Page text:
Pharmacological acid suppression
Antacids and sucralfate were found to be no better than placebo in a literature review. H2-RAs have been shown to have marked benefit in poor quality trials (30% relative risk reduction), but only a marginal benefit in good quality trials. Prokinetic agents would empirically seem to work well since delayed gastric emptying is considered a major pathophysiological mechanism in functional dyspepsia. They have been shown in a meta-analysis to produce a relative risk reduction of up to 50%, but the studies evaluated to come to this conclusion used the drug cisapride which has since been removed from the market (now only available as an investigational agent) due to serious adverse events such as torsades, and publication bias has been cited as a potential partial explanation for such a high benefit. Modern prokinetic agents such as metoclopramide, erythromycin and tegaserod have little or no established efficacy and often result in substantial side effects. Simethicone has been found to be of some value, as one trial suggests potential benefit over placebo and another shows equivalence with cisapride. So, with the somewhat recent advent of the proton pump inhibitor (PPI) class of medications, the question of whether these new agents are superior to traditional therapy has arisen.
A 2002 systemic review of herbal products found that several herbs, including peppermint and caraway, have anti-dyspeptic effects for non-ulcer dyspepsia with "encouraging safety profiles". A 2004 meta-analysis, pooling data from three double-blind placebo-controlled studies, found the multiple herbal extract Iberogast to be significantly more effective than placebo (p value = .001) at treating patients with functional dyspepsia through the targeting of multiple dyspeptic pathologies. This German-made phytopharmaceutical was found to be equivalent to cisapride and significantly superior to metoclopramide at reducing the symptoms of functional dyspepsia over a four-week period. Retrospective surveillance of 40,961 children (12 years and under) found no serious side-effects. Red pepper powder has also found to be promising. Ginger and related products made therefrom have been shown to have some positive alleviation of symptoms, in particular for motion sickness and pregnancy-related nausea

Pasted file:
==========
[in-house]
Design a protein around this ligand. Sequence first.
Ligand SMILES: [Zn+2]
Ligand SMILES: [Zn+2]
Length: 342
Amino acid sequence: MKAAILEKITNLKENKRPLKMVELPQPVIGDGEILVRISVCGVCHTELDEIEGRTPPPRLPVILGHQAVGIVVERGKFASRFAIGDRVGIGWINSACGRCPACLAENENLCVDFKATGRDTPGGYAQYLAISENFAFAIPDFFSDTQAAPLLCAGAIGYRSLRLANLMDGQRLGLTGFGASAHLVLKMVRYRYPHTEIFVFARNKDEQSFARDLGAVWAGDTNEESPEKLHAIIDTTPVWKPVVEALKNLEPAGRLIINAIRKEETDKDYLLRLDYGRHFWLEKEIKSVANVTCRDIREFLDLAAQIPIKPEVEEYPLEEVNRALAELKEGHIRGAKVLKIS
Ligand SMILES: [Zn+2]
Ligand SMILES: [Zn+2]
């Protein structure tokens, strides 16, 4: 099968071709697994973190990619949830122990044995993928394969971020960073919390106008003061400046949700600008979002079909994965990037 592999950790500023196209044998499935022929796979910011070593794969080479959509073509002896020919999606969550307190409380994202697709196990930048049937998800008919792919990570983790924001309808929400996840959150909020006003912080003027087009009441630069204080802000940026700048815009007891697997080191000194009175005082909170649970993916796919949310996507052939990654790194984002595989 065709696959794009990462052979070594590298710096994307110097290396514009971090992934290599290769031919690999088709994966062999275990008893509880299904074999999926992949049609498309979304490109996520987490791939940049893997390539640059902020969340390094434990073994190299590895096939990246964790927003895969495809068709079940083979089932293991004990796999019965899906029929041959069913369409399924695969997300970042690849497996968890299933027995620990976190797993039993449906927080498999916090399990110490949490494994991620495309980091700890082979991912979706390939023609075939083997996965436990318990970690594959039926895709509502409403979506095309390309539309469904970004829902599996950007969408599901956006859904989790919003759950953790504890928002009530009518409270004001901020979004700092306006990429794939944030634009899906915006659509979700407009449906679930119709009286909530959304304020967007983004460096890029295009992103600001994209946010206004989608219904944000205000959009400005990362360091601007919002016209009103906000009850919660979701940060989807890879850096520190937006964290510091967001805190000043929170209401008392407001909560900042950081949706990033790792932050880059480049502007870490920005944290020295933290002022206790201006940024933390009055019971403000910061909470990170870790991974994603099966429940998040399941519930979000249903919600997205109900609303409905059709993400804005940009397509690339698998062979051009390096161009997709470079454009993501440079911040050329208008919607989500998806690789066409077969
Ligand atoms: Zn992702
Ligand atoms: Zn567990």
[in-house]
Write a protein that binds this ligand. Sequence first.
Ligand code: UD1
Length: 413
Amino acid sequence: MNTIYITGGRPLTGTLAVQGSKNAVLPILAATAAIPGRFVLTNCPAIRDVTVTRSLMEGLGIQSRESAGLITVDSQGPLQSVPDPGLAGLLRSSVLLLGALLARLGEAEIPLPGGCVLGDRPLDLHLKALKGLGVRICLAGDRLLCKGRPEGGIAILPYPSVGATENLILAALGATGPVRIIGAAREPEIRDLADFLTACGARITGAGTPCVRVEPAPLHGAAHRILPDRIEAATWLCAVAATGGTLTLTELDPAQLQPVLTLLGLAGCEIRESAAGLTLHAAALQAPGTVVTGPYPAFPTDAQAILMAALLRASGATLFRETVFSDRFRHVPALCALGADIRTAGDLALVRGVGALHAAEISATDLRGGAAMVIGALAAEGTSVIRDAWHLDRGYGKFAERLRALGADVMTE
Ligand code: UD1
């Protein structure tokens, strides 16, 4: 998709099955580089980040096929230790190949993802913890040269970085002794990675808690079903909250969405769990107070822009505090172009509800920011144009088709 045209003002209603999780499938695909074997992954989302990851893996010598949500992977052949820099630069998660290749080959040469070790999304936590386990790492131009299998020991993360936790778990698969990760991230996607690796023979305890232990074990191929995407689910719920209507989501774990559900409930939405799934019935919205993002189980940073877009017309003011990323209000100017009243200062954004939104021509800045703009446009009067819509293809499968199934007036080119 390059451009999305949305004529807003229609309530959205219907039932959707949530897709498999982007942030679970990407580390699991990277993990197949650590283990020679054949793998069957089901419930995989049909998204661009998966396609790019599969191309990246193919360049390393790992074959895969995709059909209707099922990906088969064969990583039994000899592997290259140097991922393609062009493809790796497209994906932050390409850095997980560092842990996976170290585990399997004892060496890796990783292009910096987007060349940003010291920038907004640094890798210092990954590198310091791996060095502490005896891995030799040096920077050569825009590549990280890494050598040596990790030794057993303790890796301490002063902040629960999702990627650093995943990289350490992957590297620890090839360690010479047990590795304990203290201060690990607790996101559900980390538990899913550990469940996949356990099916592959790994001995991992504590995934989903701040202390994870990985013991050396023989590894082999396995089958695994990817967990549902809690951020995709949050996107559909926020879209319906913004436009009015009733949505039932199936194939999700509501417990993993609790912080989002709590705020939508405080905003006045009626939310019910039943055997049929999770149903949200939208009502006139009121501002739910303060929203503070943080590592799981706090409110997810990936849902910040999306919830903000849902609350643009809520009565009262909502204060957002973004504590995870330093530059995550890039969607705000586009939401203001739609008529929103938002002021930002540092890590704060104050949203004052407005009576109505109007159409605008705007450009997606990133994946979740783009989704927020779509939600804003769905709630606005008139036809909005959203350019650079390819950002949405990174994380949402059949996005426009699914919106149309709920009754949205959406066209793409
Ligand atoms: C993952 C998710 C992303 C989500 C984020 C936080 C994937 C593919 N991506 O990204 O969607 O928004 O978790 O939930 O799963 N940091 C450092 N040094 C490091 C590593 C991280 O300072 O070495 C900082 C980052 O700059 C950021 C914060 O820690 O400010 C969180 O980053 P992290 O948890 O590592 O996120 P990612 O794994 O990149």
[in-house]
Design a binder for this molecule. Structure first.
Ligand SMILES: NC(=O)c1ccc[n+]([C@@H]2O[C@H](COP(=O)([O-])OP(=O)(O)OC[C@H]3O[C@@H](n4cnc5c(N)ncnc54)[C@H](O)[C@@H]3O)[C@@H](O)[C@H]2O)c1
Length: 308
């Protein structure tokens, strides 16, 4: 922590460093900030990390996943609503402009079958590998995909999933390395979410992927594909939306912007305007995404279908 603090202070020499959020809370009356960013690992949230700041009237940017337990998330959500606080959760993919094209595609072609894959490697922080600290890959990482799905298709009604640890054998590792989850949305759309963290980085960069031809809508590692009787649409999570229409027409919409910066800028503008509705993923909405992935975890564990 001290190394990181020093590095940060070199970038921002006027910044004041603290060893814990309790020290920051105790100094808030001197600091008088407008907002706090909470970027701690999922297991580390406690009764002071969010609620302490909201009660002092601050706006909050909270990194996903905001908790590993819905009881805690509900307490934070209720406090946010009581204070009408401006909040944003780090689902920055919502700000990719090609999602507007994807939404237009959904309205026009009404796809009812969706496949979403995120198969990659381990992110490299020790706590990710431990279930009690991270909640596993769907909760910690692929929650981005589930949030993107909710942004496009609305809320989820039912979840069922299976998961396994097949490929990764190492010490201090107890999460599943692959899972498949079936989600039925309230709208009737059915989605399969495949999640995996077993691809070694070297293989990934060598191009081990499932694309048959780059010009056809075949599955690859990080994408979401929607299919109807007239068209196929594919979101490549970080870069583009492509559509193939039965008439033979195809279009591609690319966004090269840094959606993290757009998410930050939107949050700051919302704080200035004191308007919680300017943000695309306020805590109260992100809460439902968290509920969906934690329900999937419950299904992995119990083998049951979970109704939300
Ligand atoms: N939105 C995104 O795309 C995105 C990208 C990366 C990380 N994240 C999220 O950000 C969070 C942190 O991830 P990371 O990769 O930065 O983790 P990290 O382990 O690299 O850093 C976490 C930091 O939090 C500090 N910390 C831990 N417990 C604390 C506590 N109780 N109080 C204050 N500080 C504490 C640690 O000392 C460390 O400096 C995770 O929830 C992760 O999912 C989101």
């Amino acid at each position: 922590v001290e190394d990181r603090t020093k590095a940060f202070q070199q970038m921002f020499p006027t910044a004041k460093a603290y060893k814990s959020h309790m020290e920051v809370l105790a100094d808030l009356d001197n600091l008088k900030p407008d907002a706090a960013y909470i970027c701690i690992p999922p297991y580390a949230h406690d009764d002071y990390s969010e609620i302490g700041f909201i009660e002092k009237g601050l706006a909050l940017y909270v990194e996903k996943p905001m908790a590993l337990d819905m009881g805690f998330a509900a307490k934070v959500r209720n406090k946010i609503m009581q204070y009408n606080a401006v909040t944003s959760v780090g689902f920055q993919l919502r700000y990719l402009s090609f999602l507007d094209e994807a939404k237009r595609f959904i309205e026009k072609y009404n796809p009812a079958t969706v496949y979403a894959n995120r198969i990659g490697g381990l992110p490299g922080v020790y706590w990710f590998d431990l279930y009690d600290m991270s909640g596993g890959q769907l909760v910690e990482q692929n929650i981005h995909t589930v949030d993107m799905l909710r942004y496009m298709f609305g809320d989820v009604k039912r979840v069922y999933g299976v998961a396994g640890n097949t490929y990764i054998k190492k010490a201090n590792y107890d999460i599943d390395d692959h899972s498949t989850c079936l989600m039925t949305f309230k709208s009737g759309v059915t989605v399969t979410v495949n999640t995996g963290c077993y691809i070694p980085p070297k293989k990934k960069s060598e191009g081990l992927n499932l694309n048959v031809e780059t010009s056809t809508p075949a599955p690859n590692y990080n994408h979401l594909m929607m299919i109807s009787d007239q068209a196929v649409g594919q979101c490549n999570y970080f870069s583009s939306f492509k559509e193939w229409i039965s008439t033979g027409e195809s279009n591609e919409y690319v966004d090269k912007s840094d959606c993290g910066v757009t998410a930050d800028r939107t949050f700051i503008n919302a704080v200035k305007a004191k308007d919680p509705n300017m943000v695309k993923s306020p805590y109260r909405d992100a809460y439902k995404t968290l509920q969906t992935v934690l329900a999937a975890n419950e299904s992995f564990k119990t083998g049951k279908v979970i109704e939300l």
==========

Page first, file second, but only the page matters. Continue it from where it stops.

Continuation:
Currently, PPIs are, depending on the specific drug, FDA indicated for erosive esophagitis, gastroesophageal reflux disease (GERD), Zollinger-Ellison syndrome, eradication of H. pylori, duodenal and gastric ulcers, and NSAID-induced ulcer healing and prevention, but not functional dyspepsia. There are, however, evidence-based guidelines and literature that evaluate the use of PPIs for this indication. A helpful chart summarizing the major trials is available from the functional dyspepsia guidelines published in the World Journal of Gastroenterology in 2006.
The CADET study was the first to compare a PPI (omeprazole 20 mg daily) to both an H2-RA (ranitidine 150 mg BID) as well as a prokinetic agent (cisapride 20 mg BID) alongside placebo. The study evaluated these agents in patients at 4 weeks and 6 months and noted that omeprazole had a significantly better response at 6 months (31%) than cisapride (13%) or placebo (14%) (p = .001) while it was just above the cutoff for being statistically significantly better than ranitidine (21%) (p = .053). Omeprazole also showed a significant increase in quality of life scores over the other agents and placebo in all but one category measured (p = .01 to .05).
The ENCORE study, which was a follow-up of patients from the OPERA study, showed responders to omeprazole therapy had fewer clinic visits than non-responders (1.5 vs 2.0) over a three-month period (p < .001).
H. pylori connection
The relationship between H. pylori and functional dyspepsia has been controversial, with several trials finding a benefit to H. pylori eradication and others finding no benefit; a 2003 Cochrane Collaboration review found that treating H. pylori did have a small effect in improving nonulcer dyspepsia symptoms.
More recently, "Helicobacter pylori eradication provided significant benefits to primary care patients with functional dyspepsia." according to a randomized controlled trial. In this trial, the relative benefit ratio of Helicobacter pylori eradication for 50% reduction in symptoms at 12 months was 1.3 and, the relative benefit increase was 34.3%. In populations similar to those in this study which had a rate of benefit as measured by the 50% reduction in symptoms at 12 months of 36.5% without treatment, the number needed to treat is 8.
|Look up dyspepsia in Wiktionary, the free dictionary.|